New School Year, New Learning Goals
After an enjoyable summer break, we are already jumping back into a new school year! Most students are (hopefully) settling into school, catching up with their old friends, and making new ones. To help students maintain enthusiasm for school and discover new skills, consider creating a list of educational or learning goals for students at the beginning of the school year. Learning goals acts as milestones and help children navigate their way through the academic year.
What is a Learning Goal?
An educational or learning goal is a list of skills and levels of competency one can be expected to attain upon completion of a course or an academic year at school. Goal-setting is a three-step process that involves:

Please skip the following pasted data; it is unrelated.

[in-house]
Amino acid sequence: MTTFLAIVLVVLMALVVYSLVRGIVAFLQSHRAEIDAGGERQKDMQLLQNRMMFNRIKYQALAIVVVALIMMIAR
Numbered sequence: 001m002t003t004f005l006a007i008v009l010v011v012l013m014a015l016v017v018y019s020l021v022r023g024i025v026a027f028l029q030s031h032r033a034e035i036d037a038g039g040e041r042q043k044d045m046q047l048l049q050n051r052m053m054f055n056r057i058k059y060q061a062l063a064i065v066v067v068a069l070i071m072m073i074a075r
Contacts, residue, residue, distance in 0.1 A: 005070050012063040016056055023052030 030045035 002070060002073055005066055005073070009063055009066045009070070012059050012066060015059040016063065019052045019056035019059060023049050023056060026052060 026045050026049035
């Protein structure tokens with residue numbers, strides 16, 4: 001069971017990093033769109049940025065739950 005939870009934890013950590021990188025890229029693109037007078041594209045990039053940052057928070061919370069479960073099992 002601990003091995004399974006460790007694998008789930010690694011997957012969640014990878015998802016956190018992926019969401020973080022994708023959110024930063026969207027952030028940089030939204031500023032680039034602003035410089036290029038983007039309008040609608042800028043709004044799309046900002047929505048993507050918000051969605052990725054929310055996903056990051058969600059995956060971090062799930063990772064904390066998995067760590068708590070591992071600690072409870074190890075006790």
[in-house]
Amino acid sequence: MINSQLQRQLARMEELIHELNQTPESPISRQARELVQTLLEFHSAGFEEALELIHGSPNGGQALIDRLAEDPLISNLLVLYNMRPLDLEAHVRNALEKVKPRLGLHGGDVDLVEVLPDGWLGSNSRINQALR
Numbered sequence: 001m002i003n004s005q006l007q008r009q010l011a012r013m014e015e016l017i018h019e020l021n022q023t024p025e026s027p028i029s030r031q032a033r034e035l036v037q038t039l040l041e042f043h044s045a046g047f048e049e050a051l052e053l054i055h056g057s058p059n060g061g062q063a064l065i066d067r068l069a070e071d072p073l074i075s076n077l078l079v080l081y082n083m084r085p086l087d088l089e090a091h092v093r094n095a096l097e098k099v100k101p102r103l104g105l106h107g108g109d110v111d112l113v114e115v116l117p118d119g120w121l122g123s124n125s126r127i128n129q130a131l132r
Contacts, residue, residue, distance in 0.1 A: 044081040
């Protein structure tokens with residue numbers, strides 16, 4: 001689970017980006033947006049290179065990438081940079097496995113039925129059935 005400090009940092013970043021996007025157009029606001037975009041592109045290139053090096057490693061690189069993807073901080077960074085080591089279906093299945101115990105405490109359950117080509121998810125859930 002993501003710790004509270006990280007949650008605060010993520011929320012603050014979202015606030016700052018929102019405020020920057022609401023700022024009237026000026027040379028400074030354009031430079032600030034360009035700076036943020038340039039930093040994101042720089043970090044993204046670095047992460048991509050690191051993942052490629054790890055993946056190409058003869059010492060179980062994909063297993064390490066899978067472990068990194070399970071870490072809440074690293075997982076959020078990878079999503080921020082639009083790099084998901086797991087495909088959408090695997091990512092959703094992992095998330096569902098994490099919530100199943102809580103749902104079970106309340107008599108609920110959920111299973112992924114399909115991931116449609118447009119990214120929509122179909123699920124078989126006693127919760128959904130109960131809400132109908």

- Identifying the objective
- Making a plan to achieve the objective
- Defining the outcome of the goal
The best learning goals are those that are unique to a student and are designed based on the student’s learning needs, strengths and weaknesses. It is important that the goals set are realistic and attainable to help sustain motivation and build confidence.
Consider breaking the long-term goals into smaller short-term goals so that the student continues to move towards their mission at their own pace while still hitting milestones. Short-term goals help students celebrate small successes along the way and encourage them to continue on their learning journey. It is especially helpful in the case of younger students who are not ready for a 6-month to a year-long commitment. An example of a short-term goal can be reading for an hour before bedtime for a week to finish a book.